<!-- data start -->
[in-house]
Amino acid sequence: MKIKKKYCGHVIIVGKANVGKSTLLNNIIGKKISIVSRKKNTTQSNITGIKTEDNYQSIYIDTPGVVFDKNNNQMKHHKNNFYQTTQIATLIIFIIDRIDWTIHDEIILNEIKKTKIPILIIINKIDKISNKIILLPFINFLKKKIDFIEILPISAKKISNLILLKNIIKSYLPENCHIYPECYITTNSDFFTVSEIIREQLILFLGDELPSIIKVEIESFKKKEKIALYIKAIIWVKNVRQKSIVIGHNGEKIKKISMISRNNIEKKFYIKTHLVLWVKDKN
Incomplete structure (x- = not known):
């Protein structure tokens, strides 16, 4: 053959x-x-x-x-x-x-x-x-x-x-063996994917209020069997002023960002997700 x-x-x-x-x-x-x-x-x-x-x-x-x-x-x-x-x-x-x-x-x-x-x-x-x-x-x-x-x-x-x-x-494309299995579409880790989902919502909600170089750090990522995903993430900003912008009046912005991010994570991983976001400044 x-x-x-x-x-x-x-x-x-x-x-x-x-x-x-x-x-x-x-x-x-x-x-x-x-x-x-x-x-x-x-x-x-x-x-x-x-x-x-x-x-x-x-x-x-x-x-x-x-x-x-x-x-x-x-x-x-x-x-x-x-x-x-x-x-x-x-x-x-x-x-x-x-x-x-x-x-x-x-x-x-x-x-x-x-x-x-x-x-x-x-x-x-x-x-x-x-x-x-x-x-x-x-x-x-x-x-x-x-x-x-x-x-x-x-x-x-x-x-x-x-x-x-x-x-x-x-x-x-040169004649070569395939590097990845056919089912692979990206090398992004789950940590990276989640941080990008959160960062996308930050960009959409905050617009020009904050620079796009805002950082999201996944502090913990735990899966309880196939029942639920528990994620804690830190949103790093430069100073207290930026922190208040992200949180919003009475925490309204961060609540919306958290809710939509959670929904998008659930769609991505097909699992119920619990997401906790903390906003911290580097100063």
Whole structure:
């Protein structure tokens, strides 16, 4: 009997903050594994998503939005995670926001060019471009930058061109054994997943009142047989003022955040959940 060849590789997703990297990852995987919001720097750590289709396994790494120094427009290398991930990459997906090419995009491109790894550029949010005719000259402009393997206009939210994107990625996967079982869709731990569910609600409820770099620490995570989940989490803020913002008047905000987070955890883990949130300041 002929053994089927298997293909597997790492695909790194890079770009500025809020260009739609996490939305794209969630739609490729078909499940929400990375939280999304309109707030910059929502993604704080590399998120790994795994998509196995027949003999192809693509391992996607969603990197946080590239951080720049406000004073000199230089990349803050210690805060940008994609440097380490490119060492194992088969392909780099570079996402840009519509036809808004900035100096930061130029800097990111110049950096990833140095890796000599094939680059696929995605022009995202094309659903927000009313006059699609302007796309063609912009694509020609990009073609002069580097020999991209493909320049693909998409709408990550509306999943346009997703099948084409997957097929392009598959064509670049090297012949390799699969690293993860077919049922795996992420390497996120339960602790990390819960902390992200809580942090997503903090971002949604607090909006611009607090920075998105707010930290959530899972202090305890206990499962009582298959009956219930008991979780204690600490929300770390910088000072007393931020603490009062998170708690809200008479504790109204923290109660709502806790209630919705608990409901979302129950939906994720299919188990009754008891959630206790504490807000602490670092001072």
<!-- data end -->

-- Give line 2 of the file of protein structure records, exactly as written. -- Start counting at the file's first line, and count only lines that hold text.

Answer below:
Amino acid sequence: MKIKKKYCGHVIIVGKANVGKSTLLNNIIGKKISIVSRKKNTTQSNITGIKTEDNYQSIYIDTPGVVFDKNNNQMKHHKNNFYQTTQIATLIIFIIDRIDWTIHDEIILNEIKKTKIPILIIINKIDKISNKIILLPFINFLKKKIDFIEILPISAKKISNLILLKNIIKSYLPENCHIYPECYITTNSDFFTVSEIIREQLILFLGDELPSIIKVEIESFKKKEKIALYIKAIIWVKNVRQKSIVIGHNGEKIKKISMISRNNIEKKFYIKTHLVLWVKDKN